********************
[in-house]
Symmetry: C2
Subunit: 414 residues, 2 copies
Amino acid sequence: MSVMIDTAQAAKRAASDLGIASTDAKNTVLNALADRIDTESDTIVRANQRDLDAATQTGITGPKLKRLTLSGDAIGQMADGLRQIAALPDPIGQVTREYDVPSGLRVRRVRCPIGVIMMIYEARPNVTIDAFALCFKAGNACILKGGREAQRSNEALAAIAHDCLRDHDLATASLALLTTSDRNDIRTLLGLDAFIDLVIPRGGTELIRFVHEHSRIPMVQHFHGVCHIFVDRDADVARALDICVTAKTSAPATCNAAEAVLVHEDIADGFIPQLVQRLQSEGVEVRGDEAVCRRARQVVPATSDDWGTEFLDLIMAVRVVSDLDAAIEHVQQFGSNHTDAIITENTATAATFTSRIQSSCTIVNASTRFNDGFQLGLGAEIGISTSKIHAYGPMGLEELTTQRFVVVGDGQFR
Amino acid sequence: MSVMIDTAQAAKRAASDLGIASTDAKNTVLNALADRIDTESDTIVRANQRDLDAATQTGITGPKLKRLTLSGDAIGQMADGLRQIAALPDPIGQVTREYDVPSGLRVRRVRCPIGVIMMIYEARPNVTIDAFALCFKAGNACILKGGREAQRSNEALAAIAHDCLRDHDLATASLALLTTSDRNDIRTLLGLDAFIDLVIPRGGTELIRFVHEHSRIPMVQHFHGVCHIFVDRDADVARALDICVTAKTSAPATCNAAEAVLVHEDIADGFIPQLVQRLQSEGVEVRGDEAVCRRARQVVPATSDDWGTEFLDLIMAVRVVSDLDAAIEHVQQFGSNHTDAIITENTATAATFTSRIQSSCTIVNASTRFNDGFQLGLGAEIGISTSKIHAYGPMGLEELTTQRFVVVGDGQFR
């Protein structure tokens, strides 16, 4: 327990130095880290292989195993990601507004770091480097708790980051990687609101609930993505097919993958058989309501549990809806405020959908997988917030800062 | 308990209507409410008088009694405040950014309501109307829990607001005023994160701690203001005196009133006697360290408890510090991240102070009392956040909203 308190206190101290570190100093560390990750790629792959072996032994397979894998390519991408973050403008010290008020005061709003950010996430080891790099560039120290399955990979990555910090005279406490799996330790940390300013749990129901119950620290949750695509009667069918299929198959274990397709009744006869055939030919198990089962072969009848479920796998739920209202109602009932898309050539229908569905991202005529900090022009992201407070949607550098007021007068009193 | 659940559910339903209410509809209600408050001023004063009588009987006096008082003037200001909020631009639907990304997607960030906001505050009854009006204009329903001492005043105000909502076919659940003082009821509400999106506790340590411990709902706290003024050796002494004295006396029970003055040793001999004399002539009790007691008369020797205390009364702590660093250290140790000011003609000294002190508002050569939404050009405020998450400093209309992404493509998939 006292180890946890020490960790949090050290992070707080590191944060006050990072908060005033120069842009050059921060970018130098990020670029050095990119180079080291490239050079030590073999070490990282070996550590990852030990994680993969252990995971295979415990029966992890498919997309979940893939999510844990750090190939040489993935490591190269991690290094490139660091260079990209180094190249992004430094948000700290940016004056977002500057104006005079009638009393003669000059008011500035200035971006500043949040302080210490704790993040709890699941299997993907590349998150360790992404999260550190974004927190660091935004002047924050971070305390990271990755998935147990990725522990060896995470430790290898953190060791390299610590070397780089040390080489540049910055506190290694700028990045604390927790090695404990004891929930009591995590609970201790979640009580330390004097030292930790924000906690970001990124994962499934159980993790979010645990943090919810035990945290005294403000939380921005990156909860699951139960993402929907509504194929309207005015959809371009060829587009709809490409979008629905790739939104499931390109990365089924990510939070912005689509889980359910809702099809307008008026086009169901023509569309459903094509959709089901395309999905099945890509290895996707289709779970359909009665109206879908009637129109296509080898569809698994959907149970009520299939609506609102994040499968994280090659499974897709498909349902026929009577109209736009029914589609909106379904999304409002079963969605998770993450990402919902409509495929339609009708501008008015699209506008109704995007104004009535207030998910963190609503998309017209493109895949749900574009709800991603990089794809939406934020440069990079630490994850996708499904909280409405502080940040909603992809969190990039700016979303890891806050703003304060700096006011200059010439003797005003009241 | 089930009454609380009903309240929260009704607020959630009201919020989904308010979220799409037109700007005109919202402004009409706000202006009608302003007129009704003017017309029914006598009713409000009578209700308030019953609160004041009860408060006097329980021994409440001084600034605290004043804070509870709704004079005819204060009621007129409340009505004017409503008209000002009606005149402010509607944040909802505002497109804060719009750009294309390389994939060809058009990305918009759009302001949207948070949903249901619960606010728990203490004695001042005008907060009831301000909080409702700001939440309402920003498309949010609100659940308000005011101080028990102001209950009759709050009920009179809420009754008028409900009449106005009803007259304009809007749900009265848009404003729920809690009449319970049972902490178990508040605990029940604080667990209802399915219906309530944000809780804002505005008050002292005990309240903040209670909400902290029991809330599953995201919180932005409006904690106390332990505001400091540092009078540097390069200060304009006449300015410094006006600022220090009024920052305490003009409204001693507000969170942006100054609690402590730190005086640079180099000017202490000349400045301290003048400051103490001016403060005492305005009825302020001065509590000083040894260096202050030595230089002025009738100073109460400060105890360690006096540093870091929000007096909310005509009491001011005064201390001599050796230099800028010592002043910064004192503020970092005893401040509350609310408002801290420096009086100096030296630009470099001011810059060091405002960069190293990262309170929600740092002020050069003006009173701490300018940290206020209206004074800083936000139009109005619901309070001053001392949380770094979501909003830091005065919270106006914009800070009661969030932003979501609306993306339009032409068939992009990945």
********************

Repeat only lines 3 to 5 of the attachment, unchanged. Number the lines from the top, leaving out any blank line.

Subunit: 414 residues, 2 copies
Amino acid sequence: MSVMIDTAQAAKRAASDLGIASTDAKNTVLNALADRIDTESDTIVRANQRDLDAATQTGITGPKLKRLTLSGDAIGQMADGLRQIAALPDPIGQVTREYDVPSGLRVRRVRCPIGVIMMIYEARPNVTIDAFALCFKAGNACILKGGREAQRSNEALAAIAHDCLRDHDLATASLALLTTSDRNDIRTLLGLDAFIDLVIPRGGTELIRFVHEHSRIPMVQHFHGVCHIFVDRDADVARALDICVTAKTSAPATCNAAEAVLVHEDIADGFIPQLVQRLQSEGVEVRGDEAVCRRARQVVPATSDDWGTEFLDLIMAVRVVSDLDAAIEHVQQFGSNHTDAIITENTATAATFTSRIQSSCTIVNASTRFNDGFQLGLGAEIGISTSKIHAYGPMGLEELTTQRFVVVGDGQFR
Amino acid sequence: MSVMIDTAQAAKRAASDLGIASTDAKNTVLNALADRIDTESDTIVRANQRDLDAATQTGITGPKLKRLTLSGDAIGQMADGLRQIAALPDPIGQVTREYDVPSGLRVRRVRCPIGVIMMIYEARPNVTIDAFALCFKAGNACILKGGREAQRSNEALAAIAHDCLRDHDLATASLALLTTSDRNDIRTLLGLDAFIDLVIPRGGTELIRFVHEHSRIPMVQHFHGVCHIFVDRDADVARALDICVTAKTSAPATCNAAEAVLVHEDIADGFIPQLVQRLQSEGVEVRGDEAVCRRARQVVPATSDDWGTEFLDLIMAVRVVSDLDAAIEHVQQFGSNHTDAIITENTATAATFTSRIQSSCTIVNASTRFNDGFQLGLGAEIGISTSKIHAYGPMGLEELTTQRFVVVGDGQFR